Being a writer is a great excuse to do all sorts of things in the name of research. A few years ago, I had this idea for an urban fantasy detective novel. I never got around to writing it--yet--but I had fun taking a class on private investigation in order to do some research for the novel.
To my surprise, there is a ton of variation among states when it comes to who can be a PI. For example, in New Mexico it's required that you undergo an extensive background check, get fingerprinted, take and pass an exam, and have at least 6,000 hours of investigation-related experience in the previous five years. After you pay the fee and address the other details, then you can get licensed as a private investigator. In Colorado, however, you don't need any of that. Joe Schmoe can simply call himself a private investigator, and that's that.
We had guest speakers, including other PI's who specialized in different areas, and a psychic. The psychic would be in the middle of discussing a case she'd worked when all of a sudden she'd focus on an individual in the class and give a mini-reading right then and there. I was torn between making eye contact with her and furiously scribbling away the entire time. I was (foolishly, I admit) afraid that she'd know all my secrets and spill them in front of the class. Instead, my mini-reading was quite tame.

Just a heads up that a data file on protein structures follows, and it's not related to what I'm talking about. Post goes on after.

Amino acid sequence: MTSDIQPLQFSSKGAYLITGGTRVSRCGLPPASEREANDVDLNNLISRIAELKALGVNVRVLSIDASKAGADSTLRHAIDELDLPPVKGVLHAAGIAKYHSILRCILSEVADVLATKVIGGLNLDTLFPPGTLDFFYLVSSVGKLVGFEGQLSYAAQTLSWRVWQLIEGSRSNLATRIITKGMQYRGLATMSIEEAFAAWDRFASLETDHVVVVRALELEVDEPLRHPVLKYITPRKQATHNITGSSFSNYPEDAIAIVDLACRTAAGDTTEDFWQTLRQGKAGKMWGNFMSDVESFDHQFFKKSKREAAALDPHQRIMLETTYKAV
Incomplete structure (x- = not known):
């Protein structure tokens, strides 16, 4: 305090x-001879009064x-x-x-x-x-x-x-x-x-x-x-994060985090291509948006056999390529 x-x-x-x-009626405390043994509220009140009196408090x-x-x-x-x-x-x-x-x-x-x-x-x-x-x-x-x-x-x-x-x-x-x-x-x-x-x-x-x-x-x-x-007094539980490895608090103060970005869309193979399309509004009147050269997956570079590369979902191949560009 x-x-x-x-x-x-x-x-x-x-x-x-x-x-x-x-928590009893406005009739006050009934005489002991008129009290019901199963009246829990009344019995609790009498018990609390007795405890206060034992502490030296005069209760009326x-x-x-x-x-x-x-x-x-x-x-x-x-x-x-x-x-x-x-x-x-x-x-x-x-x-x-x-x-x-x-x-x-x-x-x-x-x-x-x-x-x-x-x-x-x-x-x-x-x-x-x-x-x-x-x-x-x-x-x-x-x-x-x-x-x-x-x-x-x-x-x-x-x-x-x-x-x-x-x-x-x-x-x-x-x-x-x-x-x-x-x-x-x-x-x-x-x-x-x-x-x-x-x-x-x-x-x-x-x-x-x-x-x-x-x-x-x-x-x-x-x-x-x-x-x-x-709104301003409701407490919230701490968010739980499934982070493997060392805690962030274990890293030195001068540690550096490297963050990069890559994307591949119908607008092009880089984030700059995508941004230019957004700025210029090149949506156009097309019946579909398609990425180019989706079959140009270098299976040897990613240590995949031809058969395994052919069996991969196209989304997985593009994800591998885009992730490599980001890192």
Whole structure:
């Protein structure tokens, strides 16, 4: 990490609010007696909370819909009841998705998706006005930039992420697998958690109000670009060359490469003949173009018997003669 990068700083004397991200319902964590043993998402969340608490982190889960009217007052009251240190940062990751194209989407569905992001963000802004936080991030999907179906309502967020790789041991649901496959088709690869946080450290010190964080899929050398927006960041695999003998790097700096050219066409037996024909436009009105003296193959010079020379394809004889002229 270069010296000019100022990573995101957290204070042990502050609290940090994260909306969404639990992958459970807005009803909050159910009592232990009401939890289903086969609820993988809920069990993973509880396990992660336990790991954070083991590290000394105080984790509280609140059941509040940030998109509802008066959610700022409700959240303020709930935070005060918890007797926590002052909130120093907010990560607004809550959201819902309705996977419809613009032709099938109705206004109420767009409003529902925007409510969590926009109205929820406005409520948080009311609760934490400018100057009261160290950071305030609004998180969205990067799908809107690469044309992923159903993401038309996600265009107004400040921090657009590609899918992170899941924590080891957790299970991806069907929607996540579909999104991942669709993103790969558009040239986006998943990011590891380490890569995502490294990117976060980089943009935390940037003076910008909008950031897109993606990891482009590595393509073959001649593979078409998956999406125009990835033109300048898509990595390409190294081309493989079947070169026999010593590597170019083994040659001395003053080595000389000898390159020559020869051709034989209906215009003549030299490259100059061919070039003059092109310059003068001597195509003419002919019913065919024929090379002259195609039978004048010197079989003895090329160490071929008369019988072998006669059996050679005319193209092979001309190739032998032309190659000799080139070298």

Private investigators can work for themselves, or for lawyers, or for corporations (doing background checks and internal investigations, for example). The best ones tend to be detail-oriented, organized, and able to think on their feet. And they seem to have even more paperwork than medical professionals.
Here's a list of some schools around the country--and a couple online--that offer PI classes.